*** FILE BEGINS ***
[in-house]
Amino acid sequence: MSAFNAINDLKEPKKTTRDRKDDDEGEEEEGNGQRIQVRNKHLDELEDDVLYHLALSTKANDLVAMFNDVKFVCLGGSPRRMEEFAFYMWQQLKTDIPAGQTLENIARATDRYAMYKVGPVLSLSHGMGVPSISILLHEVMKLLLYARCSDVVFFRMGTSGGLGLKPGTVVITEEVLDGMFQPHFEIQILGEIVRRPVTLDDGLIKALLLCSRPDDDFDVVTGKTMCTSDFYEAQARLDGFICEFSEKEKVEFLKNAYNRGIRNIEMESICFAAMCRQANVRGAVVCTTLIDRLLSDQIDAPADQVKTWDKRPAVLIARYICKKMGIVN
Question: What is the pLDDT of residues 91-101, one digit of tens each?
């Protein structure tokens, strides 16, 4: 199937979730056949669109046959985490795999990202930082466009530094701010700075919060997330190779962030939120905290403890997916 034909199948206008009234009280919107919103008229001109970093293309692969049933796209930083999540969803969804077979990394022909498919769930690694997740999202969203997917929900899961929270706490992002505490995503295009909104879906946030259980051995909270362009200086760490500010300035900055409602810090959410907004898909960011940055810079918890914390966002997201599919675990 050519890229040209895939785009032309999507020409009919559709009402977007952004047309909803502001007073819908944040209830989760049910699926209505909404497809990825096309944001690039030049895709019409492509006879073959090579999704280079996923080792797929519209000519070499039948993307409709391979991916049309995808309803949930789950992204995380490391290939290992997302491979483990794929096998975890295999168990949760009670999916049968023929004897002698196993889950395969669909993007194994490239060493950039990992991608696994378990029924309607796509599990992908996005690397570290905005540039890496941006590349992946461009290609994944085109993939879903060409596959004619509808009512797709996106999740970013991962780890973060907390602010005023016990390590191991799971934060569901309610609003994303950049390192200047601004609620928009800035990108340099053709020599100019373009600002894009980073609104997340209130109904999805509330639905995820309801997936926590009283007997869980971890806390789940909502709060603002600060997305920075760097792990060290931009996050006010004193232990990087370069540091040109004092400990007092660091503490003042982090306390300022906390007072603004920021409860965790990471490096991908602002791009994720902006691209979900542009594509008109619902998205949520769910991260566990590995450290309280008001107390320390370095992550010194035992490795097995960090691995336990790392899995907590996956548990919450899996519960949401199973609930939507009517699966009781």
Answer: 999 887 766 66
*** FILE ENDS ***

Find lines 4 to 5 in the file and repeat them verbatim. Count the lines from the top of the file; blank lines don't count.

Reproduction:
């Protein structure tokens, strides 16, 4: 199937979730056949669109046959985490795999990202930082466009530094701010700075919060997330190779962030939120905290403890997916 034909199948206008009234009280919107919103008229001109970093293309692969049933796209930083999540969803969804077979990394022909498919769930690694997740999202969203997917929900899961929270706490992002505490995503295009909104879906946030259980051995909270362009200086760490500010300035900055409602810090959410907004898909960011940055810079918890914390966002997201599919675990 050519890229040209895939785009032309999507020409009919559709009402977007952004047309909803502001007073819908944040209830989760049910699926209505909404497809990825096309944001690039030049895709019409492509006879073959090579999704280079996923080792797929519209000519070499039948993307409709391979991916049309995808309803949930789950992204995380490391290939290992997302491979483990794929096998975890295999168990949760009670999916049968023929004897002698196993889950395969669909993007194994490239060493950039990992991608696994378990029924309607796509599990992908996005690397570290905005540039890496941006590349992946461009290609994944085109993939879903060409596959004619509808009512797709996106999740970013991962780890973060907390602010005023016990390590191991799971934060569901309610609003994303950049390192200047601004609620928009800035990108340099053709020599100019373009600002894009980073609104997340209130109904999805509330639905995820309801997936926590009283007997869980971890806390789940909502709060603002600060997305920075760097792990060290931009996050006010004193232990990087370069540091040109004092400990007092660091503490003042982090306390300022906390007072603004920021409860965790990471490096991908602002791009994720902006691209979900542009594509008109619902998205949520769910991260566990590995450290309280008001107390320390370095992550010194035992490795097995960090691995336990790392899995907590996956548990919450899996519960949401199973609930939507009517699966009781």
Answer: 999 887 766 66